Seeing the Factory From Anywhere
In the past, factory machine-vision systems were traditionally linked to a central processor. While this approach did have its advantages, such as limited computer hardware costs, it also had various drawbacks. Because the processing was divided among multiple cameras, system performance was diminished. Further, centrally controlled vision systems were susceptible to downtime. If one camera had a problem, the whole system was apt to go offline.
But today, a new breed of vision sensors feature low-cost, built-in computing power that eliminate the need for central control, as well as new communications platforms that enhance the interconnectivity and interoperability of the technology. These "smart cameras" were developed in the early 1990s and have evolved into the de facto standard in affordable, machine vision inspection.
Until recently, the costs and technical limitations of traditional machine vision systems made it unfeasible for many manufacturers to network the technology on a widespread basis. But the latest generation in machine vision systems allows automated inspections that are more cost-effective and reliable than before. In addition, there is a strong trend in the industry for the deployment of vision sensors throughout the plant to provide in-line process monitoring and data delivery in manufacturing.
Machine vision is based on the same technology that is used in optical character readers or the scanners that convert paper documents into electronic files. The technology relies on a camera to take a picture of a designated object and then converts that image into a stream of digital information that can be read by a computer.
Machine vision is expected to find growing use in factory applications. The Automated Imaging Association (Ann Arbor, MI) says that worldwide machine vision equipment sales in 2001 were $5.5 billion, a decline of 11% from 2000, but projects that sales could reach $9.1 billion by 2006.
One recent improvement in machine- vision sensor technology has been the introduction of advanced Ethernet connectivity. Previously, the factory floor was not integrated with the rest of the business enterprise and this created islands of information in manufacturing plants. By confining this critical data to weekly or monthly reports, real-time decision-making was constrained.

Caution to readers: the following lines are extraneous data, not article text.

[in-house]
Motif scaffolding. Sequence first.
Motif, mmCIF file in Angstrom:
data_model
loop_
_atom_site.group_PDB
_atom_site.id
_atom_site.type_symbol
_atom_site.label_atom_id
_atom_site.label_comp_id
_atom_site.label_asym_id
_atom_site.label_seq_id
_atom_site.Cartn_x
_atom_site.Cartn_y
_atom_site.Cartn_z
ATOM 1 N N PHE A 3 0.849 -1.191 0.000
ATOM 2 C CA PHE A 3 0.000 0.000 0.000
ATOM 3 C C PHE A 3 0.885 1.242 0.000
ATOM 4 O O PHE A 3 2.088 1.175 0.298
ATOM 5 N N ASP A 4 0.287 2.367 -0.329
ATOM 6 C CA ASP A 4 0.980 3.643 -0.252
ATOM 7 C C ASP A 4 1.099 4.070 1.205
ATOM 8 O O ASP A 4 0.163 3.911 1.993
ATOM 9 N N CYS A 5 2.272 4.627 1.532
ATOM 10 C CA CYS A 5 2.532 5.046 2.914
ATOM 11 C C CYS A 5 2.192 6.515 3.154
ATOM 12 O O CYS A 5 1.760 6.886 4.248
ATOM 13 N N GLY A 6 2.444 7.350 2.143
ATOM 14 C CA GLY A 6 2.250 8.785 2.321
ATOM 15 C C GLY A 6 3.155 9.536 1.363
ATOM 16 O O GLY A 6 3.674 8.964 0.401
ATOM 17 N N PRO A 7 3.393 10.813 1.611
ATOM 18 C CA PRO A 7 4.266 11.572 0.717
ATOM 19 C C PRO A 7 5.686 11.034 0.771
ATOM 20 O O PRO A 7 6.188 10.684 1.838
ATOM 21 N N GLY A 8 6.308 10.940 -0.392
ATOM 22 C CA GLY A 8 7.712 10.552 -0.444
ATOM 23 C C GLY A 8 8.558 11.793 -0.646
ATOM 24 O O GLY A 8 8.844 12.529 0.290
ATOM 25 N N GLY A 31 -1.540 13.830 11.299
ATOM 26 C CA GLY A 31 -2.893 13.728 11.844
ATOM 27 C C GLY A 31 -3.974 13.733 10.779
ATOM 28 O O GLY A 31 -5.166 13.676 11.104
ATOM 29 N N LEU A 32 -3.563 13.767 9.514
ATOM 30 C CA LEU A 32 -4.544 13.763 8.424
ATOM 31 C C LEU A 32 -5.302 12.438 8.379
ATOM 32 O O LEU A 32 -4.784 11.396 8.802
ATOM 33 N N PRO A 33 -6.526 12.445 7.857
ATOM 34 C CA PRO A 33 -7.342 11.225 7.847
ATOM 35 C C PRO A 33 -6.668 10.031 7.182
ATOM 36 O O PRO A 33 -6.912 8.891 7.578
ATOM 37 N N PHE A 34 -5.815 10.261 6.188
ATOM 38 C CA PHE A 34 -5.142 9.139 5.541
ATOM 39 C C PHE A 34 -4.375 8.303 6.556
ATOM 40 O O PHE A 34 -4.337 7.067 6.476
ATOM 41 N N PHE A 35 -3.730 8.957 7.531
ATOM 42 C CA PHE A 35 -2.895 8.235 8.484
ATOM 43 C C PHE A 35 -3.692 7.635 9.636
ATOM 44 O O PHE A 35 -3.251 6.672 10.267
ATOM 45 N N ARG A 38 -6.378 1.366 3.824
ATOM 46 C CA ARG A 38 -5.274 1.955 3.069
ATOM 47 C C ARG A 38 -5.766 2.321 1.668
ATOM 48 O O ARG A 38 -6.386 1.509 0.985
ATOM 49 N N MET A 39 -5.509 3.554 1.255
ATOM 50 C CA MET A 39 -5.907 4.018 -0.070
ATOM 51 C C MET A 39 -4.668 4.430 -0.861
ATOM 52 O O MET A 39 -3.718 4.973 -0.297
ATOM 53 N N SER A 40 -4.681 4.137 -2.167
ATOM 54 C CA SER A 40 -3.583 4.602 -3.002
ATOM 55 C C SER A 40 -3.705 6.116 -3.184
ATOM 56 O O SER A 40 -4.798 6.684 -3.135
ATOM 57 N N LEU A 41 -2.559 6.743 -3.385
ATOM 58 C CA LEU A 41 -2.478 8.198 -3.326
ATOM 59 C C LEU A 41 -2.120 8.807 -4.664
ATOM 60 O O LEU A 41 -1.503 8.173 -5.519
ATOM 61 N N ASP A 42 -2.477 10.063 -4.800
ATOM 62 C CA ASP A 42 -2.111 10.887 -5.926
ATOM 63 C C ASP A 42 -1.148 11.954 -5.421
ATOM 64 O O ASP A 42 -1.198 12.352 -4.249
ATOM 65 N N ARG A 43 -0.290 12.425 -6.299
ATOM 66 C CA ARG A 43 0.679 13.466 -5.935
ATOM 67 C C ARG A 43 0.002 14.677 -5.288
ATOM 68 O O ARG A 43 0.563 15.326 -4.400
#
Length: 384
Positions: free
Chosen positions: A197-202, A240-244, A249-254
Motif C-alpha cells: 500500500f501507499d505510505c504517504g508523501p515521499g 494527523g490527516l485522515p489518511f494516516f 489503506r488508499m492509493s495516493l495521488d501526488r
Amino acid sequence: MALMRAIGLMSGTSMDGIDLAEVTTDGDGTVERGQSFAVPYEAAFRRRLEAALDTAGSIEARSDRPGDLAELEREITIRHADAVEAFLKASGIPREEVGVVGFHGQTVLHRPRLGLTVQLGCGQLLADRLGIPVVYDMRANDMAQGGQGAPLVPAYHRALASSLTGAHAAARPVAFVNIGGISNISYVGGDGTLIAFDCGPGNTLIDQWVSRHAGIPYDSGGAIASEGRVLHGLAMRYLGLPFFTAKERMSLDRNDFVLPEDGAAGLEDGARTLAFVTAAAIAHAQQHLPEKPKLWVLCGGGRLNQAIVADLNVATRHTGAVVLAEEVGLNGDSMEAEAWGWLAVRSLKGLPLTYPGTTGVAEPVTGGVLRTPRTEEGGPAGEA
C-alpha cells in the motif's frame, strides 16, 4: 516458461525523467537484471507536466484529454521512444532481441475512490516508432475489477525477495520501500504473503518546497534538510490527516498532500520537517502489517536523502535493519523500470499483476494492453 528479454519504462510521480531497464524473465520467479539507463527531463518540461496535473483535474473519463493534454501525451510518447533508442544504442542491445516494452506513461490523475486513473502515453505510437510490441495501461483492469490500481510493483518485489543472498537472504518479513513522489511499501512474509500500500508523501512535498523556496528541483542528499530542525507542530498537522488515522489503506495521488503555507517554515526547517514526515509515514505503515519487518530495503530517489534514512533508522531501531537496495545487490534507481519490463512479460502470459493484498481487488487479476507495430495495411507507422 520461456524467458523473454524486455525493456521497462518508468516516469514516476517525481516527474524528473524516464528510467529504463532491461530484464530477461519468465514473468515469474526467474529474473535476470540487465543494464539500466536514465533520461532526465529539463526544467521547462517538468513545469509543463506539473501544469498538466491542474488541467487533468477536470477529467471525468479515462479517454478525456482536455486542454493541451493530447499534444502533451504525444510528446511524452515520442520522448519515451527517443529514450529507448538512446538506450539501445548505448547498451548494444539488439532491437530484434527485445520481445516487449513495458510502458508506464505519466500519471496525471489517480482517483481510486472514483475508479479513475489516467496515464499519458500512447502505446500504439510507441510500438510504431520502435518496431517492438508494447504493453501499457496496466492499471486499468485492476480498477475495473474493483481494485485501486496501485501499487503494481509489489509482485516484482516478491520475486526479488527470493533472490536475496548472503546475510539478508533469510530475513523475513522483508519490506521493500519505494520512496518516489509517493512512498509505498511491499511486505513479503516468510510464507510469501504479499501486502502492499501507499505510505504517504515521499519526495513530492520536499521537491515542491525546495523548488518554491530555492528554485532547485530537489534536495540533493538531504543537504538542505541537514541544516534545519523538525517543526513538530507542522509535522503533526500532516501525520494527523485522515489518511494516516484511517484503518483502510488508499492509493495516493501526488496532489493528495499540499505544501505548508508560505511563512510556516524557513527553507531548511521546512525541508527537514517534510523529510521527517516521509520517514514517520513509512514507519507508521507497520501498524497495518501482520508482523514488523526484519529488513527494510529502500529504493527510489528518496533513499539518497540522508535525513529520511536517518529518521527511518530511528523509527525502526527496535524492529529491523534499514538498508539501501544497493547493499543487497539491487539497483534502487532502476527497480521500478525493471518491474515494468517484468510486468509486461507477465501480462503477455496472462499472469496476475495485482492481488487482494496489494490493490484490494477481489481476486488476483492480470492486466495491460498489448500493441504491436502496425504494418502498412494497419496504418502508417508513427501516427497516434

In the past, one hurdle to enterprise-wide integration was that factory floors have traditionally been built with special purpose industrial networks, while offices are typically networked using Ethernet standards. Using Ethernet in the plant floor enables manufacturing to be linked with the rest of the enterprise, as well as with the Internet at large.
Machine vision sensors with Ethernet connectivity provide a powerful option for network managers who need to integrate their machine vision with their Enterprise Resource Planning (ERP) systems. While traditional machine vision systems were often isolated and limited in their range of applications, new networks of vision sensors, often called Visual Data Networks, allow timely reporting of such statistics as units produced, orders shipped and defects found. These data can be sent directly into the plant's ERP systems via the Ethernet for executives to evaluate. Plants such as TI-Automotive (Meriden, CT) are now making this factory-floor, visual data available to their suppliers over the Web to improve the inventory process, expedite warranty returns and recalls, and to verify production processes (see "Eyes on the Plant Floor").
With a vision sensor's Ethernet capability, users can easily perform maintenance, monitoring and diagnostics of large numbers of vision sensors from remote locations. Because the factory network relies on the same standard protocols used on the broader Internet, the range of this activity extends beyond the individual factory itself. Users can upload data to a desktop program or download the parameters to the vision sensors on the shop floor, from hundreds or even thousands of miles away. A Visual Data Net-work allows manufacturers to remotely monitor and control factory equipment over the Web to find out why it is running slowly and to prevent it from breaking down.
Vision Networking 101
To bring this network online requires some basic understanding of the protocols available in the marketplace. The protocol that is supported by most vision sensors' Ethernet connection is Transmission Control Protocol/Internet Protocol, more commonly known as TCP/IP, the same suite of communications protocols used to transport data on the Internet. Each vision sensor has an IP address that identifies it uniquely on a network. Each sensor acts as a TCP server, which means that another application, which is referred to as the client application, must establish the connection and request data from it.